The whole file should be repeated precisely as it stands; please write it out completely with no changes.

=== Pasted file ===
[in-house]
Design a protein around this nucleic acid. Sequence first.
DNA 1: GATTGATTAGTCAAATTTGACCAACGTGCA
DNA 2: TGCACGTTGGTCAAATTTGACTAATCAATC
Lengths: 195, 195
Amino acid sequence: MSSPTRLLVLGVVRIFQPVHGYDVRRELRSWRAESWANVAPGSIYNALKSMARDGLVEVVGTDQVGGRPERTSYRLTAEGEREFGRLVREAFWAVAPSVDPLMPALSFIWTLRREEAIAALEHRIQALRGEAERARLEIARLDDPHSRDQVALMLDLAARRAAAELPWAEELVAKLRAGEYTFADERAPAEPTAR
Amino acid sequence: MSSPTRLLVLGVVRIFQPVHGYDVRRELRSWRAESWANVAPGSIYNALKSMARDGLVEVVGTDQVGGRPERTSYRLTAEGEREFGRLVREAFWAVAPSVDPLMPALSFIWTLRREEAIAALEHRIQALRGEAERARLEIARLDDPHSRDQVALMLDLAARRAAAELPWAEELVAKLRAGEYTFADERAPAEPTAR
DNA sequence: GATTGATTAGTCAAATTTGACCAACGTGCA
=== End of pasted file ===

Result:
[in-house]
Design a protein around this nucleic acid. Sequence first.
DNA 1: GATTGATTAGTCAAATTTGACCAACGTGCA
DNA 2: TGCACGTTGGTCAAATTTGACTAATCAATC
Lengths: 195, 195
Amino acid sequence: MSSPTRLLVLGVVRIFQPVHGYDVRRELRSWRAESWANVAPGSIYNALKSMARDGLVEVVGTDQVGGRPERTSYRLTAEGEREFGRLVREAFWAVAPSVDPLMPALSFIWTLRREEAIAALEHRIQALRGEAERARLEIARLDDPHSRDQVALMLDLAARRAAAELPWAEELVAKLRAGEYTFADERAPAEPTAR
Amino acid sequence: MSSPTRLLVLGVVRIFQPVHGYDVRRELRSWRAESWANVAPGSIYNALKSMARDGLVEVVGTDQVGGRPERTSYRLTAEGEREFGRLVREAFWAVAPSVDPLMPALSFIWTLRREEAIAALEHRIQALRGEAERARLEIARLDDPHSRDQVALMLDLAARRAAAELPWAEELVAKLRAGEYTFADERAPAEPTAR
DNA sequence: GATTGATTAGTCAAATTTGACCAACGTGCA